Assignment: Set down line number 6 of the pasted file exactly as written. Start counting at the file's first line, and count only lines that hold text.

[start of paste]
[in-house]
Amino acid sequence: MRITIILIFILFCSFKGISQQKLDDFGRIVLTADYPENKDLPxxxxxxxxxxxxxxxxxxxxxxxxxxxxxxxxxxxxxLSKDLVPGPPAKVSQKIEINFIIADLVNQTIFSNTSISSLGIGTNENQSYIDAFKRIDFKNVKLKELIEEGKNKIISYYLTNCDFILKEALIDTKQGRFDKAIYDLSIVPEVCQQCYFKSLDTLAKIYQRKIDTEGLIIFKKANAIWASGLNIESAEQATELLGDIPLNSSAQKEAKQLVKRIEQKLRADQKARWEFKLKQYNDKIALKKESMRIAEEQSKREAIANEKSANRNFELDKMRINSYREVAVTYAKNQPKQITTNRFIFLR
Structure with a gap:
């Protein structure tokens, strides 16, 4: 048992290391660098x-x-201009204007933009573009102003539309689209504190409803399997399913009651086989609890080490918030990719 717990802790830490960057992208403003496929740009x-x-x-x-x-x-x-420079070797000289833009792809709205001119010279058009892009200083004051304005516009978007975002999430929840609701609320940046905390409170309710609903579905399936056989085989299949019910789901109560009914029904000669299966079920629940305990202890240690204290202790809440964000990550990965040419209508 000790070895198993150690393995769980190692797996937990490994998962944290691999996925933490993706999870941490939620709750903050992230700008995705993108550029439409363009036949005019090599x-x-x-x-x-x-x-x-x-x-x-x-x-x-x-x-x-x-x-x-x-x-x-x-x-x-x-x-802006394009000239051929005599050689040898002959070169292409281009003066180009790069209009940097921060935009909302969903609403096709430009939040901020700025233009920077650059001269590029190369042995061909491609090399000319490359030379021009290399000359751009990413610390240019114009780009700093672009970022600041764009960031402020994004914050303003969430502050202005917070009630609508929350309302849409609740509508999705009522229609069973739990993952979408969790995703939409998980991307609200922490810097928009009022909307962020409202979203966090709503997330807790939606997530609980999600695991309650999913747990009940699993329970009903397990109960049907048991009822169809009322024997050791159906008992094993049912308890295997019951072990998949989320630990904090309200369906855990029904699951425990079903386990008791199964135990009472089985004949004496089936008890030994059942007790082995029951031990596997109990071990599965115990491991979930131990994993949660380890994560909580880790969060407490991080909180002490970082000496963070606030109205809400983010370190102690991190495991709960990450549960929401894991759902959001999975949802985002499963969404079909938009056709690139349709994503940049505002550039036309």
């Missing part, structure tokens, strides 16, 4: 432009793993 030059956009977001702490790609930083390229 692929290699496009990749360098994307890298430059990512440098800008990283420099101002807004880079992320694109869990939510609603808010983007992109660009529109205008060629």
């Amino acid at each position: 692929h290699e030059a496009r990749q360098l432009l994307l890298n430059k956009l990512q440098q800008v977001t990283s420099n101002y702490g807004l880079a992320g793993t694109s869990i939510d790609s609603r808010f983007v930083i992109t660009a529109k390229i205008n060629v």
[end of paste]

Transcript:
């Amino acid at each position: 692929h290699e030059a496009r990749q360098l432009l994307l890298n430059k956009l990512q440098q800008v977001t990283s420099n101002y702490g807004l880079a992320g793993t694109s869990i939510d790609s609603r808010f983007v930083i992109t660009a529109k390229i205008n060629v």